“Don’t look back, you’re not going that way.” This quote could have so many meanings to so many people depending on what they’re going through. For me, it made me realize that I spend too much time in the past.
Years ago, I wrote a book about motherhood. I tried to give helpful advice. I spoke of real-life experiences and talked about how to survive the chaos that engulfs you as soon as you become a parent. Then like a tsunami we never saw coming, our two boys were diagnosed with Duchenne. Suddenly, I didn’t know how to be a “regular” mom anymore. Suddenly I was a Duchenne mom, a special needs mom, and a homeschool mom. I felt like a whole new mom. I felt like a fraud. I couldn’t relate to normalcy anymore.
Sometimes I feel like a fraud. People tell me I’m strong and brave. They praise me and say I’m doing such a great job handling the circumstances life has given us. Even other Duchenne families reach out to me and tell me how inspiring I am to them. I feel honored by their words, but I also feel like telling them how much I struggle too.
I have a confession to make. Sometimes I focus way too much on the negative things in my life. I see a family riding bikes and my heart sinks, my boys can’t do that anymore, I think to myself somberly.
I may be a different kind of mother than I thought I’d be, but I know now that I wouldn’t want it any other way because this is my God-given purpose. He knew what my children needed from me, so he gave me a love for caretaking. He gave me empathy for others and he gifted me with a love for my children that is beyond my wildest dreams of motherhood.
When it was time to take him back to bed, I helped him up and followed behind him. Watching him carefully wobble as he walked cautiously back to his room. He stopped and looked up at me, “Mom will you carry me?” He whispered. I scooped him up and carried him to his bed. As I carried him, I could imagine him as a tiny little baby staring up at me, completely dependent on us for his care, and yet here he is nine years old in need of the same type of care. Pushing my emotions down, I kissed his forehead and went back to bed.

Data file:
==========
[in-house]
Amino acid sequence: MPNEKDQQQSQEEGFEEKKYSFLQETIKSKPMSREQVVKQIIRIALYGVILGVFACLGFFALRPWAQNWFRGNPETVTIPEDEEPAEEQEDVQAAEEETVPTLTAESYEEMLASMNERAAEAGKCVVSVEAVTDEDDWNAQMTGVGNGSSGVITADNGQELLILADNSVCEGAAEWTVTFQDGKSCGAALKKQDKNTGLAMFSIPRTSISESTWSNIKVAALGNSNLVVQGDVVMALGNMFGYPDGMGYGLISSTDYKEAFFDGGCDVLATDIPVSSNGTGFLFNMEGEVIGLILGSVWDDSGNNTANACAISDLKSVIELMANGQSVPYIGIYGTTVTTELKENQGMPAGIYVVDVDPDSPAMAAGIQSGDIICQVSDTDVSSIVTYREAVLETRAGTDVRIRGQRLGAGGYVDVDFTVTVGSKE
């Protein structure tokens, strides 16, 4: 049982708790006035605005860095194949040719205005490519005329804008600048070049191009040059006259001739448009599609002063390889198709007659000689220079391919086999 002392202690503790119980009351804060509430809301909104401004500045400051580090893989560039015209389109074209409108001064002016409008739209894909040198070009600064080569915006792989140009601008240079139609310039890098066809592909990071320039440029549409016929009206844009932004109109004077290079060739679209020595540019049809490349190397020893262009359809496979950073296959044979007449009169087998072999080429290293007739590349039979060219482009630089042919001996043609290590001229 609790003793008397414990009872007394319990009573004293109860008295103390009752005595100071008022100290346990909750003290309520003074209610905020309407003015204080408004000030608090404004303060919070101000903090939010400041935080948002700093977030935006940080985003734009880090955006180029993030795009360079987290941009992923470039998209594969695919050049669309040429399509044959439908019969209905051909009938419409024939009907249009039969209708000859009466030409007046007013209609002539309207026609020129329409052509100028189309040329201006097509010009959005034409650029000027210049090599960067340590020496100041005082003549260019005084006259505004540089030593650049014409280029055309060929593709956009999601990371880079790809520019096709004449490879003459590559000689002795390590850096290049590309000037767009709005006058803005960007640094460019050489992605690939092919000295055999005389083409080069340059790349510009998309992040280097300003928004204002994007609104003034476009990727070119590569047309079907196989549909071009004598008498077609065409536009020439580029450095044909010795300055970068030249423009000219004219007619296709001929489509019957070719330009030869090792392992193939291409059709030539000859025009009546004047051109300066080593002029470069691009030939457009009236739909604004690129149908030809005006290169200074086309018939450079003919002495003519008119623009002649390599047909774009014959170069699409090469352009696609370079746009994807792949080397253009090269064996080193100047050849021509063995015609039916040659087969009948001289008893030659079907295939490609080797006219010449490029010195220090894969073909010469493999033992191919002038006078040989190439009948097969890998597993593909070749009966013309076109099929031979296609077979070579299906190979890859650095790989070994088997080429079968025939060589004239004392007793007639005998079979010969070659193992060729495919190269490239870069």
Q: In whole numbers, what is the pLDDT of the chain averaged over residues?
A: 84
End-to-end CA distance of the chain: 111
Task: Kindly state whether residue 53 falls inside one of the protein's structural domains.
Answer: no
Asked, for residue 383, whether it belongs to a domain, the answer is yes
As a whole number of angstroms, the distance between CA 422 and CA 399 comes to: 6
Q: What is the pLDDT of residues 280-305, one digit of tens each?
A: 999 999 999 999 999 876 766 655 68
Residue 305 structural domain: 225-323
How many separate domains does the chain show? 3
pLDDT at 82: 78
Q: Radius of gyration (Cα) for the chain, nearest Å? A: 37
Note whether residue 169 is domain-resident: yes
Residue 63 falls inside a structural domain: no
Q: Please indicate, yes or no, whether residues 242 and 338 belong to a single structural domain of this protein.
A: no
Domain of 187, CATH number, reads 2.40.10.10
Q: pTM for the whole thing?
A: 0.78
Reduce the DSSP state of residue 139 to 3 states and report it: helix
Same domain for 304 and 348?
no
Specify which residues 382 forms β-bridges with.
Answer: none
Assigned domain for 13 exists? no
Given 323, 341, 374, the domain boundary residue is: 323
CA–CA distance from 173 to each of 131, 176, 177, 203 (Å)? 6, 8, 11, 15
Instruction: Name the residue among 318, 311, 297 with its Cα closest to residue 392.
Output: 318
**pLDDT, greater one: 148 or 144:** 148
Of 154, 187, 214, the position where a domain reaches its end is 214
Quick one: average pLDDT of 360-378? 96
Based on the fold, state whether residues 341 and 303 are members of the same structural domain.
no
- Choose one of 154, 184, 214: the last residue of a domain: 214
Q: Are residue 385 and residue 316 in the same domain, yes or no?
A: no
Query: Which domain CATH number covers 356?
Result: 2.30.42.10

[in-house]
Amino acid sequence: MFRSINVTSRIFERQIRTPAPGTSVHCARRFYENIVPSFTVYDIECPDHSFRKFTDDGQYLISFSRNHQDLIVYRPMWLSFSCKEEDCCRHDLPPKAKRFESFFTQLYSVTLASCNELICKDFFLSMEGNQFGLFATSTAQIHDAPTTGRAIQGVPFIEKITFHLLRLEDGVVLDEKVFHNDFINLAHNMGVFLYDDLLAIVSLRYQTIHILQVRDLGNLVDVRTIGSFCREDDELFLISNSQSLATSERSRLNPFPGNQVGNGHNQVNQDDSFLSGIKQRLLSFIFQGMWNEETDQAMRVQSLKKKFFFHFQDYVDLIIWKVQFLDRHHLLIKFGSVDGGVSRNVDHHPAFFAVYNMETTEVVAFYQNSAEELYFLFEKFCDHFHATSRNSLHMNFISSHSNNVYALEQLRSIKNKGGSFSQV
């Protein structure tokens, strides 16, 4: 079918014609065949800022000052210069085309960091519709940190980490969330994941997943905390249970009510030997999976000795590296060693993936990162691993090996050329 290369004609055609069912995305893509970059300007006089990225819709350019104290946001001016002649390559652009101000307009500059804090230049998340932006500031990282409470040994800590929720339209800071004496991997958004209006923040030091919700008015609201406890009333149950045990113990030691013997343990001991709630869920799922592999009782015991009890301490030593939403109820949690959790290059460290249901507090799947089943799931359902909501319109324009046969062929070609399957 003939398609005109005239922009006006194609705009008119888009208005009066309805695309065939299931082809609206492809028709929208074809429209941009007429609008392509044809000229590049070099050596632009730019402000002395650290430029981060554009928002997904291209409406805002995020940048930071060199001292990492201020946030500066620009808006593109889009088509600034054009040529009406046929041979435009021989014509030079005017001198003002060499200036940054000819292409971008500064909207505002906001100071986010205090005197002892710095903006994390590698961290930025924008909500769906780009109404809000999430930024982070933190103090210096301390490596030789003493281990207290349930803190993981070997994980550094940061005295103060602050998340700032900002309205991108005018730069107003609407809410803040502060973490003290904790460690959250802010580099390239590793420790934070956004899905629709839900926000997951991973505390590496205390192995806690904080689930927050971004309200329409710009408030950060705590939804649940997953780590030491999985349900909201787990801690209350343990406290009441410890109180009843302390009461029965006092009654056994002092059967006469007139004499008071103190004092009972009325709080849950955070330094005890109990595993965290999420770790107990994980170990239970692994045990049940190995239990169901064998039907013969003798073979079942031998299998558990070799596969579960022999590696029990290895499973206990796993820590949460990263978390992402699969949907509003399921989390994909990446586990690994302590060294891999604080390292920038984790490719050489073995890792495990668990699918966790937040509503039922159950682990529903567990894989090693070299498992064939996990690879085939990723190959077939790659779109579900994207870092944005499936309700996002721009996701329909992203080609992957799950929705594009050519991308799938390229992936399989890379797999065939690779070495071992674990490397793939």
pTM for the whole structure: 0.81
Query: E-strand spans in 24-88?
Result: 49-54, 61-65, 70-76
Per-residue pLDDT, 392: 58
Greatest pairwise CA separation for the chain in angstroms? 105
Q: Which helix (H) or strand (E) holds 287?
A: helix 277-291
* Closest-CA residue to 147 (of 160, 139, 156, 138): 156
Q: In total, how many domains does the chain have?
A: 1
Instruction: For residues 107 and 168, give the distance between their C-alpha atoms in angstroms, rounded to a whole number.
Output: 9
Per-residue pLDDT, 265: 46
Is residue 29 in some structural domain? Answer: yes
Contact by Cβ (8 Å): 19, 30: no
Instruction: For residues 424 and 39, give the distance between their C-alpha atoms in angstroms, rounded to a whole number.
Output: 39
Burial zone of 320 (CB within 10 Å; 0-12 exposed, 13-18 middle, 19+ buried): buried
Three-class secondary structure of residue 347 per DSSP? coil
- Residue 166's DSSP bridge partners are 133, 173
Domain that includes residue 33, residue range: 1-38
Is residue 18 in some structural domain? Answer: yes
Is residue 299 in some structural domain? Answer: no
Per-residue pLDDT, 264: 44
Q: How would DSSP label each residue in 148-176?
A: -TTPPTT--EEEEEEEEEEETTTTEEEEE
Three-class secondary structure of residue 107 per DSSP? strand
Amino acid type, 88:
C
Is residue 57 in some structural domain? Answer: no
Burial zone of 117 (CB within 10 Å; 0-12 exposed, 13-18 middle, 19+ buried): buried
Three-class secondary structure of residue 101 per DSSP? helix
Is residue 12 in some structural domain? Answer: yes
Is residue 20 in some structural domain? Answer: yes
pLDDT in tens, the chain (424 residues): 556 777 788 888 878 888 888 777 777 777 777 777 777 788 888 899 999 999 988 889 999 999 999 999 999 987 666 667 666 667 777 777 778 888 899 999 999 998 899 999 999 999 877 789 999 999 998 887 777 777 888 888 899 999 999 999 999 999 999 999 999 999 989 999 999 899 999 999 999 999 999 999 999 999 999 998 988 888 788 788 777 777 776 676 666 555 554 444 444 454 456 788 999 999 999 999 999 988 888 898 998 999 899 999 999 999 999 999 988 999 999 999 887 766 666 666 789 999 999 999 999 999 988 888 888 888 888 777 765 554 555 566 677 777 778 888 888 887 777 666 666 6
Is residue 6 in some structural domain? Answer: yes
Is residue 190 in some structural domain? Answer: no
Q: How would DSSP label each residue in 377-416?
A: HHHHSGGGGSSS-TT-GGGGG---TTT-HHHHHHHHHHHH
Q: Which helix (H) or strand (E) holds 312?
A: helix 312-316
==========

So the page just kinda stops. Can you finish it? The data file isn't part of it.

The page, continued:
Some days I wake up determined to face my day. Some days I feel motivated to do everything with a good attitude. I aim to view each day as another opportunity to make memories, live life to the fullest, and be grateful for what I have. Some days I breeze through my days of caretaking, motherhood, teaching, and serving with joy and purpose, but other days I have trouble just making it to the coffee maker.
Yesterday, I felt defeated. It was as if I was hiking up a steep hill wearing a backpack full of heavy rocks. Each rock represented something different. One was lack of sleep, another represented anxiety. One was depression, fear, exhaustion and the heaviest one that always seems to be making its presence known goes by the name of Duchenne.
Right now, you’re probably putting your baby to sleep. You might be rushing to put him down so you can go get dishes done, laundry started, and dinner prepped. I get it; I do. I know you feel overwhelmed by the constant state of stress you’re facing. That growing to-do list in front of you seems to get longer by the second but listen to me closely. You need to slow down. You need to cherish every single second of the stage you are in right now because before you know it – it’s over.
I bought a shirt recently that says running on faith. I love it for so many reasons. Of course, it’s comfortable, but it’s also a reminder for me to shift my perspective. When I feel like I’m running on empty and I can’t make it one more mile, faith takes over. When I feel like I’m climbing a mountain and all I see is the huge trail ahead of me, faith tells me to just take one more step. Where my strength ends, God’s strength begins. It’s a life-changing way of thinking for me, especially as a Duchenne mom.